What to expect in Season 8
As the show enters its eighth season, and interim heavyweight champion
I'll give the T.U.F. producers credit: They aren't afraid to change something if it's not working. Over the past seven seasons, the show has undergone numerous makeovers, and, in the process, has become less of a traditional reality show and more of a low-budget documentary/UFC commercial. Last season, they may have hit on a magic formula by loading each episode with two fights instead of one. No longer were we forced to sit through 55 minutes of exaggerated drama just to see a one-round mismatch. Plus, we didn't have to deal with as many arguments over whose turn it was to do the dishes. The problem, though, is that there are only so many fights each season. If the show can't afford to use them quickly, the producers will likely try something new to spruce up the format. Flaming wheel of death? Perhaps.
The decision to have Nogueira and Mir as this season's coaches was met with heavy criticism from fans who feel that "Big Nog" is light on personality and English skills, and Mir hasn't earned the spot with only two straight victories. It would make sense to look for coaches with vigor and charisma to help carry the sometimes-monotonous storylines, but the duo could prove to be dynamic on camera. Mir's work as a color commentator for World Extreme Cagefighting has shown that he understands the sport well and can articulate it in a way the average fan can appreciate. Nogueira, meanwhile, is arguably one of the UFC's most underused talents, and face time with American audiences could do wonders for him and his career. Of course, the two could end up phoning it in and sleeping on the mats during practices a la "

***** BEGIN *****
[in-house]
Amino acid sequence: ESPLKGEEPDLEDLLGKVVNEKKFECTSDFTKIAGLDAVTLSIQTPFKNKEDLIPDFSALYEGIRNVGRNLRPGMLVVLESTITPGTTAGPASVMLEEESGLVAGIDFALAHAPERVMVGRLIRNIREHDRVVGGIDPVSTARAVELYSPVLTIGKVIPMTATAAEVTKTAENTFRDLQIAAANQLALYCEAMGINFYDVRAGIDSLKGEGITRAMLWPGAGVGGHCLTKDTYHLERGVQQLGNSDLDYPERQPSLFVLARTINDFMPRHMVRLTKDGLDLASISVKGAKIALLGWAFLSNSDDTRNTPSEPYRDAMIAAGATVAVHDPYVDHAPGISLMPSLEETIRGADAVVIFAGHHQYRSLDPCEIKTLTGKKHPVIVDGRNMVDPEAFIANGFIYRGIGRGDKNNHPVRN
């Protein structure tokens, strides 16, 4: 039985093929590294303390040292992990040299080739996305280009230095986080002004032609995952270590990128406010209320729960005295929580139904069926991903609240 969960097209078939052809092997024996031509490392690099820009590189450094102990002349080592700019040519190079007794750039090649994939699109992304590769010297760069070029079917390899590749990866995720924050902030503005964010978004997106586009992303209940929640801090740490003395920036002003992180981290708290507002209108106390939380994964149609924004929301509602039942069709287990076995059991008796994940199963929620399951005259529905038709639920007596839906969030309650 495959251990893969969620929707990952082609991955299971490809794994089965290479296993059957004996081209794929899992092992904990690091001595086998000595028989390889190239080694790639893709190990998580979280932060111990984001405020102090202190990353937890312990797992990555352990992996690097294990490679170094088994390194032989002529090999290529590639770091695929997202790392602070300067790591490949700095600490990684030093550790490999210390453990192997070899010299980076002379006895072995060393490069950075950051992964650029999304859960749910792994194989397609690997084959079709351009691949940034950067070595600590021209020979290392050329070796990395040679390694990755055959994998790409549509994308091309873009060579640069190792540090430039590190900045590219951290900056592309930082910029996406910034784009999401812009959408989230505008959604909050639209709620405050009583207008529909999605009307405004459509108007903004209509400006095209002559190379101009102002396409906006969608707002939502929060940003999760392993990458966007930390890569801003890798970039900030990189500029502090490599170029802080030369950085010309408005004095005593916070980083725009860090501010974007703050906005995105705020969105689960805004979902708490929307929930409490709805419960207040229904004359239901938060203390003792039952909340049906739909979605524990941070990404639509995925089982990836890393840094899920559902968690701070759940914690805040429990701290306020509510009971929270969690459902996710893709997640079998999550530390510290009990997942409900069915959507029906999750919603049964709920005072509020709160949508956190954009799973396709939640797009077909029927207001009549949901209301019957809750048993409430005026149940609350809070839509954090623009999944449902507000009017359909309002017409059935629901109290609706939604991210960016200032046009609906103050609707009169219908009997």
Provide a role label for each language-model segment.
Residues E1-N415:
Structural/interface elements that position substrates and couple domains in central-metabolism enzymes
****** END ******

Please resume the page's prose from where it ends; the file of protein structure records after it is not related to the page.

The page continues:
How many times can we see the same thing happen? Guys get drunk and destroy the house, mainly out of boredom that is aggressively heaped on them in the hopes of creating such drama for the cameras. It's so inevitable that it's practically a rite of passage for T.U.F.'ers. But word has it that, after more than $70,000 of damage to the house in Season 7, the UFC told this season's fighters that they'd have to pay for any destruction they cause. This could be a sign that the show's overall attitude has changed. However, don't for a second think the open bar in the house and the almost-encouraged alcohol bingeing is going anywhere. This may be a competition, but it's also reality TV.
Just looking at the roster, it's easy to spot the favorites. Guys like